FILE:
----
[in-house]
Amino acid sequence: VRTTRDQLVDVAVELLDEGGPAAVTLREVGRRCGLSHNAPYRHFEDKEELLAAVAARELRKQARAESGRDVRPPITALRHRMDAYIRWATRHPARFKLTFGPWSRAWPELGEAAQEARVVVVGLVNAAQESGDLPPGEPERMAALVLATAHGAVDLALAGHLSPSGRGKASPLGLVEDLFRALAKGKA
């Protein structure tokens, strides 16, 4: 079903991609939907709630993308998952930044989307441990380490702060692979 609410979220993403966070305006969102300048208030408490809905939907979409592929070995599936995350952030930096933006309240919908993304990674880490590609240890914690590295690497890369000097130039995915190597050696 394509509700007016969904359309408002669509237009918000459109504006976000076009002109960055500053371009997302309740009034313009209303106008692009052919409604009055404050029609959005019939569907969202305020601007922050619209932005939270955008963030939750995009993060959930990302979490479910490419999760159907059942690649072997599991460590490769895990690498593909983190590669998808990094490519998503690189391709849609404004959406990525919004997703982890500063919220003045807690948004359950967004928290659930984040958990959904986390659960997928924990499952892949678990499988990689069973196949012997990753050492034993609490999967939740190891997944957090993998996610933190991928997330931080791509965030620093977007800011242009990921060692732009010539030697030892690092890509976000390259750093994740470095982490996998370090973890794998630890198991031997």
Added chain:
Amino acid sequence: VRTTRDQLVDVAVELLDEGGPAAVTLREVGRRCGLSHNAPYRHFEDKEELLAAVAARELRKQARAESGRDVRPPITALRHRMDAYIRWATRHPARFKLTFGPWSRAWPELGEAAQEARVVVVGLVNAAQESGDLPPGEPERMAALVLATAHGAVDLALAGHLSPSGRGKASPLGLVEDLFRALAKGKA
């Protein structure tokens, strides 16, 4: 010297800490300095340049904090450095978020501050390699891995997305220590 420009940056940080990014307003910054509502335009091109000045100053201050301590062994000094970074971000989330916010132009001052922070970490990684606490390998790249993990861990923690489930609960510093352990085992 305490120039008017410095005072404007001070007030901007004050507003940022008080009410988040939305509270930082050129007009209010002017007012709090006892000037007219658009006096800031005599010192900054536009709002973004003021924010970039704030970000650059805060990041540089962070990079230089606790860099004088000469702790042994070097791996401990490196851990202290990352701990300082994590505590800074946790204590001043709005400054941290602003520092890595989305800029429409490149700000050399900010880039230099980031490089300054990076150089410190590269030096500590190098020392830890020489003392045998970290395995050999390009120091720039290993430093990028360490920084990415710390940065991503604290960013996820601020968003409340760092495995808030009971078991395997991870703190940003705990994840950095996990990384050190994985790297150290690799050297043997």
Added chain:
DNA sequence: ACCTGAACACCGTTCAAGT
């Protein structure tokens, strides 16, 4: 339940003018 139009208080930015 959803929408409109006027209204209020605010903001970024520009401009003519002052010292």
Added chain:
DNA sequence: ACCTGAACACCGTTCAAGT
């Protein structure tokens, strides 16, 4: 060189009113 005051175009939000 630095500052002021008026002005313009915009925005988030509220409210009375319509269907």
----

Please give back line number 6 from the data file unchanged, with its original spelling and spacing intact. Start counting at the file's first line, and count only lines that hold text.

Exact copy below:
């Protein structure tokens, strides 16, 4: 010297800490300095340049904090450095978020501050390699891995997305220590 420009940056940080990014307003910054509502335009091109000045100053201050301590062994000094970074971000989330916010132009001052922070970490990684606490390998790249993990861990923690489930609960510093352990085992 305490120039008017410095005072404007001070007030901007004050507003940022008080009410988040939305509270930082050129007009209010002017007012709090006892000037007219658009006096800031005599010192900054536009709002973004003021924010970039704030970000650059805060990041540089962070990079230089606790860099004088000469702790042994070097791996401990490196851990202290990352701990300082994590505590800074946790204590001043709005400054941290602003520092890595989305800029429409490149700000050399900010880039230099980031490089300054990076150089410190590269030096500590190098020392830890020489003392045998970290395995050999390009120091720039290993430093990028360490920084990415710390940065991503604290960013996820601020968003409340760092495995808030009971078991395997991870703190940003705990994840950095996990990384050190994985790297150290690799050297043997």